The rapid growth of big data technologies and Internet of Things (IoT) devices mandates the modernization of the Canadian privacy legislation, which establishes protection from both private companies and government agencies. The necessity of the upcoming reforms to the Canadian Personal Information Protection and Electronic Documents Act (PIPEDA) and the Privacy Act was illustrated during the debate over Cyber Security on the first day of the 2017 Canadian Telecomm Summit (CTS17). The issue is twofold: data storage and usage by Internet giants and IoT manufacturers; and access and storage of individuals’ personal information by government agencies, notably law enforcement, on public security pretences.
Technology, though, is developing at such a pace that any proposed legislation, however foresightful, will soon be outdated. Thus, Privacy by Design (PbD), the concept proposed by Dr. Ann Cavoukian, Executive Director of the Privacy and Big Data Institute at Ryerson University (and former Information and Privacy Commissioner of Ontario), is an astute solution to privacy protection that does not rely exclusively on legislation. Dr. Cavoukian suggests that privacy be coded or embedded into the design of information technology, networked infrastructure, and business practices. This proactive and non-remedial approach is user-centered and promotes transparency, incorporating the objectives of legislative reform efforts.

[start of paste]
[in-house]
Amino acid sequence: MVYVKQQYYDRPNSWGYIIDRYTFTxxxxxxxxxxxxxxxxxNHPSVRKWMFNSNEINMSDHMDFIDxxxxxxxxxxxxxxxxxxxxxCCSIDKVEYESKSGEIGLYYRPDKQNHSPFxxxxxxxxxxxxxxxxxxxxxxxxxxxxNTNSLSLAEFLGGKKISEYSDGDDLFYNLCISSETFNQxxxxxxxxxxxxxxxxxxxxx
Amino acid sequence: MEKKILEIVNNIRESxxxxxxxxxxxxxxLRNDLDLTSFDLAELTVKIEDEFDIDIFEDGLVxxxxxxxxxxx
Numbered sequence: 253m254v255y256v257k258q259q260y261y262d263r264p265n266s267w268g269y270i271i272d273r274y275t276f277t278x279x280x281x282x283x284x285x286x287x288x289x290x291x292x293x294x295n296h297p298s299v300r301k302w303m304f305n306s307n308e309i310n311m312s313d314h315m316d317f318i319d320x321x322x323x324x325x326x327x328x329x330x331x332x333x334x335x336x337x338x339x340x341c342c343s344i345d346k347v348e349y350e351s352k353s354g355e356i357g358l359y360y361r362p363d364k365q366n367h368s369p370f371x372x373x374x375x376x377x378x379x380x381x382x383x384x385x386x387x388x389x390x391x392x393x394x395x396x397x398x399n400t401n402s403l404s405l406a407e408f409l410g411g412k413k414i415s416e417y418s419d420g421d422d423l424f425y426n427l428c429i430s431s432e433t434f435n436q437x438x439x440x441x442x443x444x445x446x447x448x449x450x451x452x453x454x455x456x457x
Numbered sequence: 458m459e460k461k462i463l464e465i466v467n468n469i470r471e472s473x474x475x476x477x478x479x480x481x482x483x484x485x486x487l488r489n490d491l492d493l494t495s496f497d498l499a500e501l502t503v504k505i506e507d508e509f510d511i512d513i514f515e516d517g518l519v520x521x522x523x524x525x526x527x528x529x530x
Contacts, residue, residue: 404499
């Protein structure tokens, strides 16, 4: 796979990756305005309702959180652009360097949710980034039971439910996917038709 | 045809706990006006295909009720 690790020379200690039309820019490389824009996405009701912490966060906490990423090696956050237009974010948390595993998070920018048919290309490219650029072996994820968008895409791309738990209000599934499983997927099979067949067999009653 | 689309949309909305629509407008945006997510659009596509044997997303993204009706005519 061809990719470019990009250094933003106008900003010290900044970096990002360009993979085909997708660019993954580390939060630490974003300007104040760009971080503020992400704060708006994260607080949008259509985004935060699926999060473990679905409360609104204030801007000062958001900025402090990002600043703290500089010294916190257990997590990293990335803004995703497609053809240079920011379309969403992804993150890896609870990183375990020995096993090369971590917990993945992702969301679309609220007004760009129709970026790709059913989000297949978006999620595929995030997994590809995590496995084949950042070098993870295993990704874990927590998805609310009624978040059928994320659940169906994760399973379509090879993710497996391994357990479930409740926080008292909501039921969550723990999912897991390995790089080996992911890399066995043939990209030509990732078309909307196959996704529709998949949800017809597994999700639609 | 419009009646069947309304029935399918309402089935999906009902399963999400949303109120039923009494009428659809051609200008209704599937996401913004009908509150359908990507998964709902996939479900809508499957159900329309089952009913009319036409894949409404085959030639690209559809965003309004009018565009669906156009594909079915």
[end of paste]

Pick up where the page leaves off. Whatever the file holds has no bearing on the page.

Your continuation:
PbD has already been adopted in foreign jurisdictions. For instance, the European Union (EU) is a pioneer in implementing an up-to-date privacy regime that takes the PbD concept into account. Article 25 of the EU General Data Protection Regulation 2016/679 (GDPR), effective May 25th, 2018 onwards, stipulates that data protection measures are designed into the development of business processes for products and services. Meanwhile, the State of California looks to be taking the lead in legislating on privacy for IoT devices. In particular, Senate Bill 327 will create a mandate under California law, pursuant to which all IoT devices will have built-in security features appropriate to the device, as well as the information collected.